The ‘Greening’ of Natural Stone Buildings:Quartz Sandstone Performance as a Secondary Indicator of Climate Change in the British Isles?


A number of recent studies have explored the impact of climate change on natural building stones. Because of its sensitivity to change, sandstone can be seen as having a predictable, recognisable and sustained response to changes in system inputs that control performance – most crucially for the UK and Ireland, how it responds to an increased moisture input. There has been a widespread biological “greening” of sandstone buildings in response to these periods of wetness during autumn, winter and spring months. Furthermore, there is a wealth of literature detailing the response of sandstone in a variety of environments where sand-stone response is representative of the environment in which it has been placed. This letter suggests that the response of sandstone to trends towards wetter winter conditions is predictable to the extent that it may have potential to be a secondary indicator of climatic change – that is, a system that alters in response to fluctuations in environmental conditions in a sustained way. It is hoped that the letter may stimulate discussion as to what other possible indicators of climatic change remain unacknowledged.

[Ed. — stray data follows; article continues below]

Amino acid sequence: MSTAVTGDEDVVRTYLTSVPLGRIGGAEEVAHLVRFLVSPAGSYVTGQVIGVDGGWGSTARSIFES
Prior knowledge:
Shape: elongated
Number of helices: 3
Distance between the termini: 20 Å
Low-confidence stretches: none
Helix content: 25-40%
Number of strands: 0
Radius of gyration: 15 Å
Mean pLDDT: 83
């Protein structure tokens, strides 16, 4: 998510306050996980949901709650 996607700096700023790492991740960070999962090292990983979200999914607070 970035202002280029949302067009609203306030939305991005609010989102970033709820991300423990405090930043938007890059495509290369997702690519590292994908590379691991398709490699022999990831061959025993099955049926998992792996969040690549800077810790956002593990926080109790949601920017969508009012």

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S. McCabe, B. Smith, C. Adamson, D. Mullan and D. McAllister, "The ‘Greening’ of Natural Stone Buildings:Quartz Sandstone Performance as a Secondary Indicator of Climate Change in the British Isles?," Atmospheric and Climate Sciences, Vol. 1 No. 4, 2011, pp. 165-171. doi: 10.4236/acs.2011.14018.

Conflicts of Interest

The authors declare no conflicts of interest.


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